S.G. Browne

Of Novels and Novellas

As I prepare for the upcoming release of my novella, I Saw Zombies Eating Santa Claus: A Breathers Christmas Carol (coming to a commercialized religious holiday near you October 30), I’ve had a number of people contact me who are confused about the difference between novelettes, novellas, and novels. Well, I’m here to help. Or possibly confuse. I haven’t decided.

According to the Science Fiction and Fantasy Writers of America Nebula awards rules, the novelette has a word count between 7,500 and 17,500, while a novella runs from 17,500 to 40,000 words. Based on this, the novel, whose length has often been debated, begins at 40,000 words and runs from there up to infinity. Or at least up to Infinite Jest, which comes in at just under 500,000 words.

(Fun fact: According to Listverse, the longest novel ever written was Mission Earth by L. Ron Hubbard at 1.2 million words. Take that, Tolkien.)

For the benefit of providing some reference, below are half a dozen of the more notable novellas written in the English language that fit the SFWA’s definition:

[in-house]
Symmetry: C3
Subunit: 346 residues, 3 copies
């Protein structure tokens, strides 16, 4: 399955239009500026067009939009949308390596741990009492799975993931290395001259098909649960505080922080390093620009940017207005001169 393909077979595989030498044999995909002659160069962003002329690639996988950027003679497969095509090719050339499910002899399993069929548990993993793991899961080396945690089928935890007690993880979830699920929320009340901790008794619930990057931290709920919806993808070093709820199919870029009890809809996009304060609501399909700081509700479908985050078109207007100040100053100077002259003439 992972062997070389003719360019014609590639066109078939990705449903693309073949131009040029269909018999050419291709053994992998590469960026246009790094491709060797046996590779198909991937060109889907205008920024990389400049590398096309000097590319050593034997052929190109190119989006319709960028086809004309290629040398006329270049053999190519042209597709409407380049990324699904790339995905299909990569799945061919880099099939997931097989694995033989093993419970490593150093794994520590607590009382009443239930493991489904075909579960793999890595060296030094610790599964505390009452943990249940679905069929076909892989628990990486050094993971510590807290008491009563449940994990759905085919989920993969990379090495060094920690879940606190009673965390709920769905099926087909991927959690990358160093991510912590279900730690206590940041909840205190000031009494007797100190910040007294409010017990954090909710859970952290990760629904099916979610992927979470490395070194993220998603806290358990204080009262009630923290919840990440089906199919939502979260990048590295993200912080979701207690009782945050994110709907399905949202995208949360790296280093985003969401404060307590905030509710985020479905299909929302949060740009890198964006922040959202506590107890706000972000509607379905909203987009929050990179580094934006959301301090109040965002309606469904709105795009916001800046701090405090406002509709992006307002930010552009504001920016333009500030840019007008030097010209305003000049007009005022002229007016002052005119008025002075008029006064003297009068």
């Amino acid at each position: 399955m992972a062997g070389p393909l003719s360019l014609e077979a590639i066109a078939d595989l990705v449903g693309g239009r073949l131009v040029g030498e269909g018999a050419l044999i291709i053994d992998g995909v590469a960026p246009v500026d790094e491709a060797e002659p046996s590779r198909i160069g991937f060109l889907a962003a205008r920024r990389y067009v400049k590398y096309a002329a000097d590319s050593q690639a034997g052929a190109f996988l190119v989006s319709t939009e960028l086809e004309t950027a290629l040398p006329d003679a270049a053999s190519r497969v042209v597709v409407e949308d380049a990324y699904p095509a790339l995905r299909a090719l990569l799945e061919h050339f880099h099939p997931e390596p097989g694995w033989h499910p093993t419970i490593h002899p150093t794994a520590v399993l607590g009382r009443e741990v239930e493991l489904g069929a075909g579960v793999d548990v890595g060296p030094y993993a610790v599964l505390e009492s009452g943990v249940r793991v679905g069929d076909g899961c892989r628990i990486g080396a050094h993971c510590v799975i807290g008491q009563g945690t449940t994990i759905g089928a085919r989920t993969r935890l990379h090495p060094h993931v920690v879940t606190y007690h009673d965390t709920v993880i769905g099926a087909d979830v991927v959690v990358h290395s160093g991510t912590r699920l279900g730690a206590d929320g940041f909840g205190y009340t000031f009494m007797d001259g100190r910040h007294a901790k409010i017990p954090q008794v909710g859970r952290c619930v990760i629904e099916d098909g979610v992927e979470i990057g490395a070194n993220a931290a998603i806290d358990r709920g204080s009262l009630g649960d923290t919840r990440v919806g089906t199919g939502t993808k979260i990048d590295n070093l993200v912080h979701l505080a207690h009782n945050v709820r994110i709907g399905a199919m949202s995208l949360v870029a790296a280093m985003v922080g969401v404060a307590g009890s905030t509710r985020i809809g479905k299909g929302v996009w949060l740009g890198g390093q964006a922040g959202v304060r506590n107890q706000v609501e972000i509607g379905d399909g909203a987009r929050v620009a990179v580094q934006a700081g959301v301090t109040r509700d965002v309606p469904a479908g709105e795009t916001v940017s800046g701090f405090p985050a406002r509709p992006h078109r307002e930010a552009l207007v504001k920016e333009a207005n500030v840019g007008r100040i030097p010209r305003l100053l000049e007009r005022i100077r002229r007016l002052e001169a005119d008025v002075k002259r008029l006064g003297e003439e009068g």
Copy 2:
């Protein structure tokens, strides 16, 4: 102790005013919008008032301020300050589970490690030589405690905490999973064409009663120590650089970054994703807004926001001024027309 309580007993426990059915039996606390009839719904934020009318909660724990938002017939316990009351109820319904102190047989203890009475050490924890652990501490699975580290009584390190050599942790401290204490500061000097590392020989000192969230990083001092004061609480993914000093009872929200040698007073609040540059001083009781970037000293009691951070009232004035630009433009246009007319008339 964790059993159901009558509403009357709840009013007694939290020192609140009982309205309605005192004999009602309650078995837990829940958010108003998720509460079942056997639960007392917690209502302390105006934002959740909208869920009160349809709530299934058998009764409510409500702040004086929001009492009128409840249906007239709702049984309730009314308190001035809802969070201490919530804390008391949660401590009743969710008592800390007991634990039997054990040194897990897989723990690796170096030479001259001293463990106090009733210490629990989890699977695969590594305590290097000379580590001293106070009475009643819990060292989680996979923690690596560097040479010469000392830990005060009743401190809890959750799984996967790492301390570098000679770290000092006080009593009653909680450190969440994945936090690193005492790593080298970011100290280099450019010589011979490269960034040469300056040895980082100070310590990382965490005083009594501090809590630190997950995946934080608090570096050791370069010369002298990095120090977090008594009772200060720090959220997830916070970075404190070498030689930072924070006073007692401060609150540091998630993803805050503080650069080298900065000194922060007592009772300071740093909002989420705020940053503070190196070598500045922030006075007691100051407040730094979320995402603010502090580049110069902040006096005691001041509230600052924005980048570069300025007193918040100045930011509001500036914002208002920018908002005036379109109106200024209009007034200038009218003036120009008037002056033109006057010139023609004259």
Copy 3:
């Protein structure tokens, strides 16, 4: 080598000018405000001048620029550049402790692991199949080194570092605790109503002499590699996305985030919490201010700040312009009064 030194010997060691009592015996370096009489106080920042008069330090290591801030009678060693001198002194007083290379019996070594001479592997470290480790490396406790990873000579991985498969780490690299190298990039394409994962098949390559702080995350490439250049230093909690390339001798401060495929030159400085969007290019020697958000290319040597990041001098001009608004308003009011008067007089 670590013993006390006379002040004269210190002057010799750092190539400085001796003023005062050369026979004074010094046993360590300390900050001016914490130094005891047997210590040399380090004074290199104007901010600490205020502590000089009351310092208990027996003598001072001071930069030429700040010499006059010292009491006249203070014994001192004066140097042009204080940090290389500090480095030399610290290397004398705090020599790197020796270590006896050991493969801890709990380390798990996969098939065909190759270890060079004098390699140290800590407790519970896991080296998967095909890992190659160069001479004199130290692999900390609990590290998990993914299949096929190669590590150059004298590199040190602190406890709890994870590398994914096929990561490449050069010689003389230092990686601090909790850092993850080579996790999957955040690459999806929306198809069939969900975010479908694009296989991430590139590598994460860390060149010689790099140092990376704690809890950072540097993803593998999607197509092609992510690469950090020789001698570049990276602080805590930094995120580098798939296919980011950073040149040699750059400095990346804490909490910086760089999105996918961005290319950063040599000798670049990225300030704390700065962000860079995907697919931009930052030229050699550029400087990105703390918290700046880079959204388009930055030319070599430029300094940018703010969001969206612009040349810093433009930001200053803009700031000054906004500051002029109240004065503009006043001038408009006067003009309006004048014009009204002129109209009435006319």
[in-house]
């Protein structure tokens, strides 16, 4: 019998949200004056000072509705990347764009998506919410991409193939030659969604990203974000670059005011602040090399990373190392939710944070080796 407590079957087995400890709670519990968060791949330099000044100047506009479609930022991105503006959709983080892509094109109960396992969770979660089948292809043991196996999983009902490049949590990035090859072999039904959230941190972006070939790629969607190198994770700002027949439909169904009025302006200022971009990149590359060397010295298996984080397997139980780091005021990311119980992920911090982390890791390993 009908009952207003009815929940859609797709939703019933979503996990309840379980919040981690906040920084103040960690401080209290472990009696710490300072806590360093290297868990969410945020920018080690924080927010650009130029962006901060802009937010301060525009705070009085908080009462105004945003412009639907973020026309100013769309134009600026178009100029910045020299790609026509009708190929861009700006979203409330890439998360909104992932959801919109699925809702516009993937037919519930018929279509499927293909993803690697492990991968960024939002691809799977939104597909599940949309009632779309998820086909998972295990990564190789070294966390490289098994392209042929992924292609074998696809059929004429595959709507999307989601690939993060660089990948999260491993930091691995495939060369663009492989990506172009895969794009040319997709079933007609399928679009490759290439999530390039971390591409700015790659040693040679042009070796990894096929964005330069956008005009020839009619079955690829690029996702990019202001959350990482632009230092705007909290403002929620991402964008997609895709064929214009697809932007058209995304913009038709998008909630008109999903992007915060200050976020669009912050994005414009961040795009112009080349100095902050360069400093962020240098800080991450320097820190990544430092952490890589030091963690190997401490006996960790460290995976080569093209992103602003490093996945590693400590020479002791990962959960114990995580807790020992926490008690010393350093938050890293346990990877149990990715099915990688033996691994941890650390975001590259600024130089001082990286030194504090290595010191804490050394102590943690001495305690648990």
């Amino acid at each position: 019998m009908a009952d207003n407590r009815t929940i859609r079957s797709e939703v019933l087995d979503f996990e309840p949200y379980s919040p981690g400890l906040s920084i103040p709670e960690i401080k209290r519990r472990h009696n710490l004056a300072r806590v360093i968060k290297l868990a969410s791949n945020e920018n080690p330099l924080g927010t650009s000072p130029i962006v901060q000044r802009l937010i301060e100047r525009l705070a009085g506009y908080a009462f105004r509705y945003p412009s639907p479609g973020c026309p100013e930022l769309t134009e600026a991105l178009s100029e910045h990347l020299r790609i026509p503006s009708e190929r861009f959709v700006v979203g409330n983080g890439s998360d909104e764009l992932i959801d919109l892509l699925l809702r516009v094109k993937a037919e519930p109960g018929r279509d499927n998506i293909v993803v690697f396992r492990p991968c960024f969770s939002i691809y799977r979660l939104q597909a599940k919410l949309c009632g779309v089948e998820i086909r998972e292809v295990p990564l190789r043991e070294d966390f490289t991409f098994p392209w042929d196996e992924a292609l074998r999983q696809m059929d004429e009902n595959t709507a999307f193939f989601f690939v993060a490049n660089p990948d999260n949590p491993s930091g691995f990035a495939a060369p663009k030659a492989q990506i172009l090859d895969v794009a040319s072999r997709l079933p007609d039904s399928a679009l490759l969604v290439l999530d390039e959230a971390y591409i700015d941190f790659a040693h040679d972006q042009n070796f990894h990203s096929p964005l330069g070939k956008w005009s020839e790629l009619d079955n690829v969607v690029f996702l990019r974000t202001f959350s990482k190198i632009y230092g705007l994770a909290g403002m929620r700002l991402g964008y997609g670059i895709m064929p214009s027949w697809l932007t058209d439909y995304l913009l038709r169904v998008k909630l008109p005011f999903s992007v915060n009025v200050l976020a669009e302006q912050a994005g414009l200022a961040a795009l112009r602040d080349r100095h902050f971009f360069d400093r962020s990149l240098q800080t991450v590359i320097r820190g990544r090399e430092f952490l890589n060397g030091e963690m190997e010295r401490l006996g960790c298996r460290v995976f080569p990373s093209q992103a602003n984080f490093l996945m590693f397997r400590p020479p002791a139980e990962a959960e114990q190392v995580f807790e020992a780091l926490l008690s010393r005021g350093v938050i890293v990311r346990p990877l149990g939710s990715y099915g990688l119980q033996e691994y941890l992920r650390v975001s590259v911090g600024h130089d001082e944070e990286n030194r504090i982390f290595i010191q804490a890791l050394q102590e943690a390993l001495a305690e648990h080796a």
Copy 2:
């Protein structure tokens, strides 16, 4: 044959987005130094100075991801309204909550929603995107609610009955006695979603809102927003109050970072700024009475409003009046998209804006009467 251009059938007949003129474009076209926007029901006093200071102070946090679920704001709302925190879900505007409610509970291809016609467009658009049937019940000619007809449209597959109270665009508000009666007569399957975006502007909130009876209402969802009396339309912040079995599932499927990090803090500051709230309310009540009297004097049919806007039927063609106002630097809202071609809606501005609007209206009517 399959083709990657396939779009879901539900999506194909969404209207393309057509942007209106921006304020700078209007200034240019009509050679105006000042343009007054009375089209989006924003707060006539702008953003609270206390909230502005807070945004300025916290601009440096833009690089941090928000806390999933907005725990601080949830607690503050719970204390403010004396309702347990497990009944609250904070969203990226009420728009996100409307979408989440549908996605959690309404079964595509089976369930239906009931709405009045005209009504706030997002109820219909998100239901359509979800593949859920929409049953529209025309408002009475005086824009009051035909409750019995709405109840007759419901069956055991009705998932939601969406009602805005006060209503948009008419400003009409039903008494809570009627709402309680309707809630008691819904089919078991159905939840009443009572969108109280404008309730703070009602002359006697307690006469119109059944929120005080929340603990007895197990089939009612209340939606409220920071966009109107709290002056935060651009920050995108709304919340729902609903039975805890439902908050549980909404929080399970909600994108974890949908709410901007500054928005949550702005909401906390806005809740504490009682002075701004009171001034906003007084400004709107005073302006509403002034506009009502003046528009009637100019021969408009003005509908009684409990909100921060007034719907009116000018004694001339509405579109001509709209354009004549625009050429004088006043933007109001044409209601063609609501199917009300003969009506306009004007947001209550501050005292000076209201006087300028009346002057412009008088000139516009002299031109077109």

The Call of the Wild
Of Mice and Men
Animal Farm
Breakfast at Tiffany’s
The Old Man and the Sea
A Clockwork Orange

Stephen King has published a number of shorter novellas that run in the 25,000-30,000 word range, grouping eight of them into the collections Four Past Midnight and Different Seasons—the latter of which contains “Rita Hayworth and the Shawshank Redemption” and “The Body,” my two favorite King novellas.

In the afterword of Different Seasons, King calls the novella “an anarchy-ridden literary banana republic” and contends that there shouldn’t be a hard and fast definition of what either a novel or short story should be in terms of word count. He goes on to say: “But when a writer approaches the 20,000-word mark, he knows he’s edging out of the country of the short story; likewise, when he passes the 40,000-word mark, he’s edging into the country of the novel.”

Although King doesn’t endorse the SFWA’s delineation of the novella, the 40,000-word mark seems to be where the boundaries are drawn. So while officially categorized as a novella, I Saw Zombies Eating Santa Claus comes in at just over 44,000 words (and just under 200 pages), which means that according to both the SFWA and Stephen King, I’ve edged over into the country of the novel.

I hope that helps to clear things up. Now if you’ll excuse me, I have some cross-country exploring to do.